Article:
Manne Siegbahn Biography

Manne Siegbahn, a renowned Swedish physicist, made significant contributions to the field of X-ray spectroscopy. His groundbreaking work on X-ray emission spectra led to the discovery of the M series wavelengths. This achievement, along with his extensive research on X-ray spectroscopy, earned him the prestigious Nobel Prize in Physics in 1924. Throughout his career, Siegbahn held positions at various universities, including Lund and Uppsala, where he furthered his studies on X-rays and established their electromagnetic nature. Later, he became the first director of the Nobel Institute of Physics at the University of Stockholm, transforming it into a leading center for nuclear physics research. Today, the institute is known as the Manne Siegbahn Institute, attracting talented scientists from around the world.

Quick Facts

  • Also Known As: Karl Manne Georg Siegbahn
  • Died At Age: 91
  • Family:
    • Spouse/Ex-: Karin Högbom
    • Father: Nils Reinhold Georg Siegbahn
    • Mother: Emma Sofia Mathilda Zetterberg
    • Children: Bo Siegbahn, Kai Siegbahn
  • Physicists
  • Swedish Men
  • Died on: September 24, 1978
  • Place of death: Stockholm, Sweden
  • Notable Alumni: University Of Lund
  • Grouping of People: Nobel Laureates in Physics
  • More Facts
  • Education: University Of Lund
  • Awards:
    • Nobel Prize for Physics (1924)
    • Hughes Medal (1934)
    • Rumford Medal (1940)
    • Duddell Medal and Prize (1948)
    • ForMemRS (1954)

Childhood & Early Years

Karl Manne Georg Siegbahn was born on the 3 December 1886, in Örebro, south-central Sweden. His father, Nils Reinhold Georg Siegbahn, was a stationmaster of the State Railways and was posted at Orebro at the time of his birth. His mother’s name was Emma Sofia Mathilda Zetterberg.

Manne Siegbahn had his secondary education at Högre Allmänna Realläroverker, Stockholm. On passing out from there in 1906, he entered the University of Lund, receiving his candidate’s degree in 1908, the licentiate degree in 1910, and his doctorate in physics in 1911. His dissertation paper was titled ‘Magnetische Feldmessung’ (magnetic field measurements). Concurrently, from 1907 to 1911, he also served as an assistant to Professor J. R. Rydberg, known for devising the Rydberg formula.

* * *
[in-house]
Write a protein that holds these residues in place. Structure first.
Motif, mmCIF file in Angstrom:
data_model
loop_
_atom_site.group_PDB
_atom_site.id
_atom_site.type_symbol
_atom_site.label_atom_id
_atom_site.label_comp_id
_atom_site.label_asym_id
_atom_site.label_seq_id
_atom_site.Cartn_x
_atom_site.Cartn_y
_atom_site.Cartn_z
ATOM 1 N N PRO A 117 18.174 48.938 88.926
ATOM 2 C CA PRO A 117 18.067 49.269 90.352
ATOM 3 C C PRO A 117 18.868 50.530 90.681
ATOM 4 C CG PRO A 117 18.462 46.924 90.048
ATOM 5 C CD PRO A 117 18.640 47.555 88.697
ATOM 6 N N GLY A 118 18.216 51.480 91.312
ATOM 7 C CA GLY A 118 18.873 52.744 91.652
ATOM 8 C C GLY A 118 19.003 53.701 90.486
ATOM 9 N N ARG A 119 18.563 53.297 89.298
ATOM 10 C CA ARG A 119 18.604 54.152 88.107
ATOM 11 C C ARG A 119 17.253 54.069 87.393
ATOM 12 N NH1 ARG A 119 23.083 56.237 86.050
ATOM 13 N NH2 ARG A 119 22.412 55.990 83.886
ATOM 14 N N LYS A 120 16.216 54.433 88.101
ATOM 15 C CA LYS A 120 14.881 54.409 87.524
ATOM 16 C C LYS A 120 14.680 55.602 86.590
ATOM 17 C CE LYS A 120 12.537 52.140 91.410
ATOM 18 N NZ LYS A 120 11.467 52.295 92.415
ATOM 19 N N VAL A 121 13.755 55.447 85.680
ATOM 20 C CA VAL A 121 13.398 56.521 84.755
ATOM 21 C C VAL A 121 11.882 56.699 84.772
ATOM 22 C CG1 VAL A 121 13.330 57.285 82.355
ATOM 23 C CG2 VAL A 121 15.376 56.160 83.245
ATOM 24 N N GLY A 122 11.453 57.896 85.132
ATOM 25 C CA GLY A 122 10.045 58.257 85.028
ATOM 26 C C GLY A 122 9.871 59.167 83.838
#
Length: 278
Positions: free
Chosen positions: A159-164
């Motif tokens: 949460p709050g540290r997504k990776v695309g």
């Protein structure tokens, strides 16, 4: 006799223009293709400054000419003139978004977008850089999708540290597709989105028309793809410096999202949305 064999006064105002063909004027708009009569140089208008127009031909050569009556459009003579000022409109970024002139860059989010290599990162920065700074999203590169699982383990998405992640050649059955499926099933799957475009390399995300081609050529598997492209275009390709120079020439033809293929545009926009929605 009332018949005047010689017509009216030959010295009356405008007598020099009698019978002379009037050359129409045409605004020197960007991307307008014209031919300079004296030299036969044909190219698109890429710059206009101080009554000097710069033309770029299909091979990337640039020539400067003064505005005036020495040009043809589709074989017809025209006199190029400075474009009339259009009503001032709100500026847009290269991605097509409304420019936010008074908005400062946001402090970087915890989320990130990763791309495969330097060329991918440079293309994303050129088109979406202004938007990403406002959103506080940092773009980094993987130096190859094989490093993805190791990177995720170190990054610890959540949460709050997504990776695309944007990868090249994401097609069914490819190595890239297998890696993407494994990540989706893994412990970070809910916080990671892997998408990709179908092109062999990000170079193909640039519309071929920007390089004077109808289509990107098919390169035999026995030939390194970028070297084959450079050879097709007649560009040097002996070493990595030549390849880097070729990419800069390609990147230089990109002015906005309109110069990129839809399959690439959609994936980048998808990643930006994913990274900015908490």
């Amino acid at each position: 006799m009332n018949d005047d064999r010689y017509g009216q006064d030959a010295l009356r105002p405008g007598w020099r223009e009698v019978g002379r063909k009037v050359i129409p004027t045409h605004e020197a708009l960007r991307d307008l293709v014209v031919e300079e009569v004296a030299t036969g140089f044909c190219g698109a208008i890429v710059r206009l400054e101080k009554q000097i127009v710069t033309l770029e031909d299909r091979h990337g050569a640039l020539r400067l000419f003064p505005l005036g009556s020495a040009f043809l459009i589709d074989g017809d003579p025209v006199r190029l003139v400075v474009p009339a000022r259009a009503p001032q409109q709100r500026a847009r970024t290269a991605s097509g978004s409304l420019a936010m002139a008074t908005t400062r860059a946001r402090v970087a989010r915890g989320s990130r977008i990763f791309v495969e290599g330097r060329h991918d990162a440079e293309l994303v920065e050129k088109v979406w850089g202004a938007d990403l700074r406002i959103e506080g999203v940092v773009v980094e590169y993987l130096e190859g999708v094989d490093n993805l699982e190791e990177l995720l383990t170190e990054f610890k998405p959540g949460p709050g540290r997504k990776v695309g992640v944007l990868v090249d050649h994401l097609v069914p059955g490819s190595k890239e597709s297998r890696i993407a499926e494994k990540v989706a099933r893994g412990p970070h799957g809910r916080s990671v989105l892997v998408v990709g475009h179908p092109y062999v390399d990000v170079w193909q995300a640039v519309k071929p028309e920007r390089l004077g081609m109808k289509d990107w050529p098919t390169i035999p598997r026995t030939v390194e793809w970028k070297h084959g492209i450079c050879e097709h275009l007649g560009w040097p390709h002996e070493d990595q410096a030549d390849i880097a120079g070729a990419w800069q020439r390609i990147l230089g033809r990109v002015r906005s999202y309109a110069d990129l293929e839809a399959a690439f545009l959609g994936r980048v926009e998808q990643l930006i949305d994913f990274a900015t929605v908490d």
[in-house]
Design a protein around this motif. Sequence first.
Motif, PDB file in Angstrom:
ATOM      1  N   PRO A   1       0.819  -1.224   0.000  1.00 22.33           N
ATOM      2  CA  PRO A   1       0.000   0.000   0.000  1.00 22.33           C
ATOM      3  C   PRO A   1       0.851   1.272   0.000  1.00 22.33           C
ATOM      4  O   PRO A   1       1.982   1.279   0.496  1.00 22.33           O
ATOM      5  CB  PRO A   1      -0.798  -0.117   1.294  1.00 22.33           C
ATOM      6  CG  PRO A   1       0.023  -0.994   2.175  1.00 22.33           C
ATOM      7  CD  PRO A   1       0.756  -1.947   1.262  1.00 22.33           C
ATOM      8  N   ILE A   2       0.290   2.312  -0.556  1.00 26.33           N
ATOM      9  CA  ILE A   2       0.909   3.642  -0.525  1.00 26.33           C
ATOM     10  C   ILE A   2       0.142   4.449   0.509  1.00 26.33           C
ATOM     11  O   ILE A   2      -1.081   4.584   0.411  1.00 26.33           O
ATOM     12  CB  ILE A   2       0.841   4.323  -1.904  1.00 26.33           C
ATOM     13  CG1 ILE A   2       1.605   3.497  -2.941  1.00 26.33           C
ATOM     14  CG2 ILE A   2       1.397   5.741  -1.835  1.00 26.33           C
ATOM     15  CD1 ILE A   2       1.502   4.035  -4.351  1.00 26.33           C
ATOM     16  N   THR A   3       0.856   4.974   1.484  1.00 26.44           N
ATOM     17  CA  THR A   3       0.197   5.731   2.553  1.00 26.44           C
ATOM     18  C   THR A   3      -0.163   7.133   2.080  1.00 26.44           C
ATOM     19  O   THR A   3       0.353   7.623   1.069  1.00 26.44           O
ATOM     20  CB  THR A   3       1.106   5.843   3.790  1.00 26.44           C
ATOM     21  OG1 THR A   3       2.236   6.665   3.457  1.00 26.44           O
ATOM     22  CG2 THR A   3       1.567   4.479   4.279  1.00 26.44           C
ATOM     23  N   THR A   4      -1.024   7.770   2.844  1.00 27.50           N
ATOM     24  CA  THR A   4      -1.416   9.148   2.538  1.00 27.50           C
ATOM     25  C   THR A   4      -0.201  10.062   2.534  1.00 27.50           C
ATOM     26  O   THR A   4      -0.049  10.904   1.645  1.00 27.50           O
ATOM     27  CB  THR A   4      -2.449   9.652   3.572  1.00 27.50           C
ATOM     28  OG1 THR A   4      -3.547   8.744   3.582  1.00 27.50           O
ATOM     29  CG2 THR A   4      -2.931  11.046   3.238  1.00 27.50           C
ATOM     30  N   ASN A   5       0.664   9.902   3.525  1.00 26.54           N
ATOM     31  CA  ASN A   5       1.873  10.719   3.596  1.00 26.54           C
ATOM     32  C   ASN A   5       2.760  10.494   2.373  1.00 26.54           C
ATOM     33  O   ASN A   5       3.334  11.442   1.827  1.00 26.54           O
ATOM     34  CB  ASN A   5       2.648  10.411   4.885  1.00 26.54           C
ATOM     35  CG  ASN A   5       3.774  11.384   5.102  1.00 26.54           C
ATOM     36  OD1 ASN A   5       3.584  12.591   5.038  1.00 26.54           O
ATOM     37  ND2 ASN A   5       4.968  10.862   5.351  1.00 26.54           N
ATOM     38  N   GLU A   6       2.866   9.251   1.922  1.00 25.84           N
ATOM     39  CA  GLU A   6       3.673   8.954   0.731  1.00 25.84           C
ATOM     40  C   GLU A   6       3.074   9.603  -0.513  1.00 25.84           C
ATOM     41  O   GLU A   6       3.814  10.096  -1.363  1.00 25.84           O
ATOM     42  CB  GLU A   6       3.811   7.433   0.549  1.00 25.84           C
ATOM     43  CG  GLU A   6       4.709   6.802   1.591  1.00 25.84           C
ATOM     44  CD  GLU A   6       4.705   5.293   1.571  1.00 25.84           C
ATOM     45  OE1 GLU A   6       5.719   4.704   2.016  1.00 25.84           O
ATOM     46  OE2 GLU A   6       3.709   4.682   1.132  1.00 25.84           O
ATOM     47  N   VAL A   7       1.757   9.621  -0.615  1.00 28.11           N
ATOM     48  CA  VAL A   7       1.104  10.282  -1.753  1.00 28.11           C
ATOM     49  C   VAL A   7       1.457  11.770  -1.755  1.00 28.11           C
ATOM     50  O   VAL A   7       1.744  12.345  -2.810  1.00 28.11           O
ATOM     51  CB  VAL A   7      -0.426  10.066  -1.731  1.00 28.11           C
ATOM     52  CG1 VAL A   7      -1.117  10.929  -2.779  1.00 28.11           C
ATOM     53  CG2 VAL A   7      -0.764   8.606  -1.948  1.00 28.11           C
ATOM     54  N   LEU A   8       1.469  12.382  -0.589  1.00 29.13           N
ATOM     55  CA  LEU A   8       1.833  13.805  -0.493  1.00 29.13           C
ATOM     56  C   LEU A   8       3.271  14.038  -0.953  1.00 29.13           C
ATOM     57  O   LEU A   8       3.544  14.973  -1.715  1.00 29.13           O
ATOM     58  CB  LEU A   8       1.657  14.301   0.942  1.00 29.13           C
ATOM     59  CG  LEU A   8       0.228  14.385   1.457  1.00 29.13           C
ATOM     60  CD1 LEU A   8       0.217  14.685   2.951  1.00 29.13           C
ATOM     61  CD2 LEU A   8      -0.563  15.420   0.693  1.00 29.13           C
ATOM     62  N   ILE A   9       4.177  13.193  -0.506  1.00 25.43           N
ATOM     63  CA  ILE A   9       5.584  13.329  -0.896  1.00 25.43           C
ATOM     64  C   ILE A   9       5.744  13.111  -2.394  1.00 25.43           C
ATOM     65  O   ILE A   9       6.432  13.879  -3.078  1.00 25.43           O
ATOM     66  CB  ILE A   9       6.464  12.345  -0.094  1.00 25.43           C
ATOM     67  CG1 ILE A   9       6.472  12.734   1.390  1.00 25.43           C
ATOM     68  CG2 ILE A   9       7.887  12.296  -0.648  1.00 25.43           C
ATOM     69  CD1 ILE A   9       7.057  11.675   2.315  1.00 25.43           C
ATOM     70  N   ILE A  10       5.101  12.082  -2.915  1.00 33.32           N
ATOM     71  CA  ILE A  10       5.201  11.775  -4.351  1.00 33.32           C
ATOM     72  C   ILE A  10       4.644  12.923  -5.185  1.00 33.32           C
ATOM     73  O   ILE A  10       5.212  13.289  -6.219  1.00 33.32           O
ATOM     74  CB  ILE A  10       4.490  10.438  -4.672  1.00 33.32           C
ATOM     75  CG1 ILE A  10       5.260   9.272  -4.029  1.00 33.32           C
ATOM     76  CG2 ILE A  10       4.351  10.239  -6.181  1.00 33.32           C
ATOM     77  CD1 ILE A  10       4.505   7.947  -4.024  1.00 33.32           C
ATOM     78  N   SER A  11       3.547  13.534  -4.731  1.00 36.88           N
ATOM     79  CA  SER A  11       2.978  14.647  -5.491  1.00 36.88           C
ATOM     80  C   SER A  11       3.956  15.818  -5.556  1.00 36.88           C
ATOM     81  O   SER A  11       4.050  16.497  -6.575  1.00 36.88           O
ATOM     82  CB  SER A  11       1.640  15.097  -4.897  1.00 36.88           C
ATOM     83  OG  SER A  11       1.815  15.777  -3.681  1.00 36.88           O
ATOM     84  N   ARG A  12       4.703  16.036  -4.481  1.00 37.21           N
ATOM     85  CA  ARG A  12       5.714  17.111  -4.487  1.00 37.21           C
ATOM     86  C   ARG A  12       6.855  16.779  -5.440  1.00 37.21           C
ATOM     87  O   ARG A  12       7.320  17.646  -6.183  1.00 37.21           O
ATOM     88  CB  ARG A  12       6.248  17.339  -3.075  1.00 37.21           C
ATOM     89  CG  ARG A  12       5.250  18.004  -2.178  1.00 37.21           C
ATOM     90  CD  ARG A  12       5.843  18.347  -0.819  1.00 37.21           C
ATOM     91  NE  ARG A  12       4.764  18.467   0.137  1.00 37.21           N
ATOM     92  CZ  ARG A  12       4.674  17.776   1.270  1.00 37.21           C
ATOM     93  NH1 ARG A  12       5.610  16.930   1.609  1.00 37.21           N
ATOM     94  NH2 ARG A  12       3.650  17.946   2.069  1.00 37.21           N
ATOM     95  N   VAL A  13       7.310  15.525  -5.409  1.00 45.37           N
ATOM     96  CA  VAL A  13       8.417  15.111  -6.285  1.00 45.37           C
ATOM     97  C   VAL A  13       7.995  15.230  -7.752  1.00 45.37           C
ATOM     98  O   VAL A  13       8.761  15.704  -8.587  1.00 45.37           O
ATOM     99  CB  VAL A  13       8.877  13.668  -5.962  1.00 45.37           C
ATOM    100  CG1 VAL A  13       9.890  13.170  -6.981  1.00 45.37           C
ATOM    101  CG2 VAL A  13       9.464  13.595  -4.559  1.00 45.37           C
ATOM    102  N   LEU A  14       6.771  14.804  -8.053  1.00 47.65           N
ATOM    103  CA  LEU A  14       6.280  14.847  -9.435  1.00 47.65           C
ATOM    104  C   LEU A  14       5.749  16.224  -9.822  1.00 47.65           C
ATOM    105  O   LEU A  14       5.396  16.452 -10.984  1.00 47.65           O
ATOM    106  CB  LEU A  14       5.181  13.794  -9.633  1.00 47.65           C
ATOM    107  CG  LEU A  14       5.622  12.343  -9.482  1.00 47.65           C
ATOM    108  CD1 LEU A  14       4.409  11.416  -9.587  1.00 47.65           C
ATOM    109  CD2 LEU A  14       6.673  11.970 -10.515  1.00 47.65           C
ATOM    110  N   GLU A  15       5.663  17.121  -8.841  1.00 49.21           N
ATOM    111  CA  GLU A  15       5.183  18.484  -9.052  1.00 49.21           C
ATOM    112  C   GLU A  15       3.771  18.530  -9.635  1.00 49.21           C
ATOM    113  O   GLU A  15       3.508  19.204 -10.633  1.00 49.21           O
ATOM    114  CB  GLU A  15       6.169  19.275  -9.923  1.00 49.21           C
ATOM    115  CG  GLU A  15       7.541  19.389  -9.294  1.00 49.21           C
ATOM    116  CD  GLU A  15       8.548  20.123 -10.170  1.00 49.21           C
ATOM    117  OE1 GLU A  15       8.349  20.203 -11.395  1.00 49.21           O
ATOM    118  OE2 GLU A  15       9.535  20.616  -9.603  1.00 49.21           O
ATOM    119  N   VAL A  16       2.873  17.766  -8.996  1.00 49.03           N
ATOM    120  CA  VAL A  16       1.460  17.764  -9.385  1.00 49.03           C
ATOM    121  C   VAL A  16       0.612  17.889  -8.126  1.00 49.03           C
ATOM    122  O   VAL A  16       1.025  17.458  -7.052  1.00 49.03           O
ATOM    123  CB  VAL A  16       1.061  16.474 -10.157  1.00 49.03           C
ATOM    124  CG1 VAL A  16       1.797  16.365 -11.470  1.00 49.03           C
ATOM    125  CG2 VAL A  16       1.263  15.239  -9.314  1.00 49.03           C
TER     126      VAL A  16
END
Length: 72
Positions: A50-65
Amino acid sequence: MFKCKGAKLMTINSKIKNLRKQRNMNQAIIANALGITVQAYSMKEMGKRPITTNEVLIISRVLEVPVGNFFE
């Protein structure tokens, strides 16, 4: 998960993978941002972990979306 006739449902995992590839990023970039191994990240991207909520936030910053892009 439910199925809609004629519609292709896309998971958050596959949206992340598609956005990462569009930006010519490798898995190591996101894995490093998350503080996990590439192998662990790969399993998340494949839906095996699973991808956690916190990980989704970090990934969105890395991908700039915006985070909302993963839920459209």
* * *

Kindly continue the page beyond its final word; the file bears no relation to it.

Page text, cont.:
Immediately after receiving his doctoral degree, Siegbahn was appointed as a docent at the University of Lund. However, he spent the summer of 1911 studying in Paris and Berlin. On returning to Lund, he organized his own research group and in 1914 started working on X-ray spectroscopy. In 1915, he became a Deputy Professor of Physics at the same university.

In 1916, he discovered a new group of wavelengths in X-ray emission spectra, later known as the M series. He then focused on developing equipment and techniques for accurately determining the wavelengths of X-rays. When Professor Rydberg’s health began to fail, Siegbahn had to take his classes. After Rydberg’s death in 1920, Siegbahn was appointed as a full professor in his place.

In 1923, Siegbahn received an offer from the University of Uppsala, Sweden’s premier university at the time, and accepted it. At Uppsala, he continued his work on X-rays and made significant contributions. He established that X-rays, like light, are refracted when passing through a glass prism, proving that X-rays are also electromagnetic radiation. He also developed equipment for accurate measurements of X-ray wavelengths and introduced the Siegbahn notation for naming different spectral lines in X-ray spectroscopy.

In 1924-1925, Siegbahn visited the United States on the invitation of the Rockefeller Foundation, giving lectures at renowned universities. In 1937, he shifted to the University of Stockholm as Research Professor of Experimental Physics and became the first Director of the newly created Nobel Institute of Physics. He held both positions concurrently.

As a Professor of Physics, Siegbahn continued his work on X-ray spectroscopy and initiated studies on nuclear physics. He had a large cyclotron and an electromagnetic separator built for this purpose. He also had a high-tension generator built. Under his guidance, young scientists from Sweden and abroad studied the atomic nucleus and its radioactive properties.

After his retirement in 1964, Siegbahn continued as the Director of the Nobel Institute of Physics until 1975. He also served as a member of the International Committee on Weights and Measures from 1939 to 1964.

Major Works

Although Siegbahn worked on diverse fields, he is best remembered for his work on X-ray spectroscopy. He designed new instruments and developed new techniques that increased the accuracy of measurements and helped discover many new series within characteristic X-radiations.

Awards & Achievements

Manne Siegbahn received the Nobel Prize in Physics in 1924 “for his discoveries and research in the field of X-ray spectroscopy.” He also received other prestigious awards and honors, including the Hughes Medal, Rumford Medal, Duddell Medal and Prize, and honorary degrees from various universities.

Personal Life & Legacy

Siegbahn married Karin Högbom in 1914, and they had two children. Their elder son, Bo Siegbahn, became a diplomat and politician, while their younger son, Kai Siegbahn, became a physicist. Siegbahn passed away on 26 September 1978, in Stockholm, at the age of 91.

He was honored with the naming of the Siegbahn unit, the standard length used to describe the wavelengths of X-rays. In 1988, the Nobel Institute of Physics was renamed the Manne Siegbahn Institute. He was also featured on a stamp issued by Guyana in 1995.


In 1944, Siegbahn received a patent for the Siegbahn pump. His son, Kai Siegbahn, also received the Nobel Prize in Physics in 1981 for his contribution to the development of X-ray photoelectron spectroscopy.

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